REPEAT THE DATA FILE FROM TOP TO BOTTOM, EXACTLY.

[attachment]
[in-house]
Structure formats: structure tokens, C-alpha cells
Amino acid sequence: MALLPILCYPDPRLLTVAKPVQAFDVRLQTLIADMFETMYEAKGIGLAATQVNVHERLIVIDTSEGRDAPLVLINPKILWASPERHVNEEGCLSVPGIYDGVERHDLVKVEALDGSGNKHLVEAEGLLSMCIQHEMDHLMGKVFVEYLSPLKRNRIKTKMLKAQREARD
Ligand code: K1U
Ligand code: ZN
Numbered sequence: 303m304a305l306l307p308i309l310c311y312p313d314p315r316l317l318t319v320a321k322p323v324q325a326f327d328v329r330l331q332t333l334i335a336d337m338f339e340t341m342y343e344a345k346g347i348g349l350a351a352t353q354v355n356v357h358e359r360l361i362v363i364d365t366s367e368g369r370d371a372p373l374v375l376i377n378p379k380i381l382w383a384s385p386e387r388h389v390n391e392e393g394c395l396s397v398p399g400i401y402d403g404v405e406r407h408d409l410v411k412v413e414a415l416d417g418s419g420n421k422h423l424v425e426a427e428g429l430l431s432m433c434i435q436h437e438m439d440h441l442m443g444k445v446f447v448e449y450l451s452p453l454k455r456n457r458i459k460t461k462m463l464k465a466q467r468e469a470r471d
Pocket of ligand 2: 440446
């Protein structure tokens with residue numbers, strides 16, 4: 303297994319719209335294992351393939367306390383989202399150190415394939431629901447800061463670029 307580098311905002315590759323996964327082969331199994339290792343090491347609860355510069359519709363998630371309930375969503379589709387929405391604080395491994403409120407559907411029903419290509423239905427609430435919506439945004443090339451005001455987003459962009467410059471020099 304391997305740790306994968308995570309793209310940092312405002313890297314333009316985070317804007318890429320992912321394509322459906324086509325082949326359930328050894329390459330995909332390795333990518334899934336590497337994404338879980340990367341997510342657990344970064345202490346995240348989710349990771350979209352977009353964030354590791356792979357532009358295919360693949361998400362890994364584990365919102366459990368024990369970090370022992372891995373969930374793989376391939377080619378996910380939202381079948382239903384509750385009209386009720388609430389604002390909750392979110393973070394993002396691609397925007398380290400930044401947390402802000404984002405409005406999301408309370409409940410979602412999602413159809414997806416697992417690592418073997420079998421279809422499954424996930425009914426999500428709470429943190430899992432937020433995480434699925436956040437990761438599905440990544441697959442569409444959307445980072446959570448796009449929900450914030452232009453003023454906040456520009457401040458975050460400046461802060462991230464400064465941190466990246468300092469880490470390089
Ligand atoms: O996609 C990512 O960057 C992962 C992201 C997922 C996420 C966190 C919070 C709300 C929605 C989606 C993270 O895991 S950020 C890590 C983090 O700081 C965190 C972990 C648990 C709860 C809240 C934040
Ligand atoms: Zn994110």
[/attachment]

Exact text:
[in-house]
Structure formats: structure tokens, C-alpha cells
Amino acid sequence: MALLPILCYPDPRLLTVAKPVQAFDVRLQTLIADMFETMYEAKGIGLAATQVNVHERLIVIDTSEGRDAPLVLINPKILWASPERHVNEEGCLSVPGIYDGVERHDLVKVEALDGSGNKHLVEAEGLLSMCIQHEMDHLMGKVFVEYLSPLKRNRIKTKMLKAQREARD
Ligand code: K1U
Ligand code: ZN
Numbered sequence: 303m304a305l306l307p308i309l310c311y312p313d314p315r316l317l318t319v320a321k322p323v324q325a326f327d328v329r330l331q332t333l334i335a336d337m338f339e340t341m342y343e344a345k346g347i348g349l350a351a352t353q354v355n356v357h358e359r360l361i362v363i364d365t366s367e368g369r370d371a372p373l374v375l376i377n378p379k380i381l382w383a384s385p386e387r388h389v390n391e392e393g394c395l396s397v398p399g400i401y402d403g404v405e406r407h408d409l410v411k412v413e414a415l416d417g418s419g420n421k422h423l424v425e426a427e428g429l430l431s432m433c434i435q436h437e438m439d440h441l442m443g444k445v446f447v448e449y450l451s452p453l454k455r456n457r458i459k460t461k462m463l464k465a466q467r468e469a470r471d
Pocket of ligand 2: 440446
């Protein structure tokens with residue numbers, strides 16, 4: 303297994319719209335294992351393939367306390383989202399150190415394939431629901447800061463670029 307580098311905002315590759323996964327082969331199994339290792343090491347609860355510069359519709363998630371309930375969503379589709387929405391604080395491994403409120407559907411029903419290509423239905427609430435919506439945004443090339451005001455987003459962009467410059471020099 304391997305740790306994968308995570309793209310940092312405002313890297314333009316985070317804007318890429320992912321394509322459906324086509325082949326359930328050894329390459330995909332390795333990518334899934336590497337994404338879980340990367341997510342657990344970064345202490346995240348989710349990771350979209352977009353964030354590791356792979357532009358295919360693949361998400362890994364584990365919102366459990368024990369970090370022992372891995373969930374793989376391939377080619378996910380939202381079948382239903384509750385009209386009720388609430389604002390909750392979110393973070394993002396691609397925007398380290400930044401947390402802000404984002405409005406999301408309370409409940410979602412999602413159809414997806416697992417690592418073997420079998421279809422499954424996930425009914426999500428709470429943190430899992432937020433995480434699925436956040437990761438599905440990544441697959442569409444959307445980072446959570448796009449929900450914030452232009453003023454906040456520009457401040458975050460400046461802060462991230464400064465941190466990246468300092469880490470390089
Ligand atoms: O996609 C990512 O960057 C992962 C992201 C997922 C996420 C966190 C919070 C709300 C929605 C989606 C993270 O895991 S950020 C890590 C983090 O700081 C965190 C972990 C648990 C709860 C809240 C934040
Ligand atoms: Zn994110």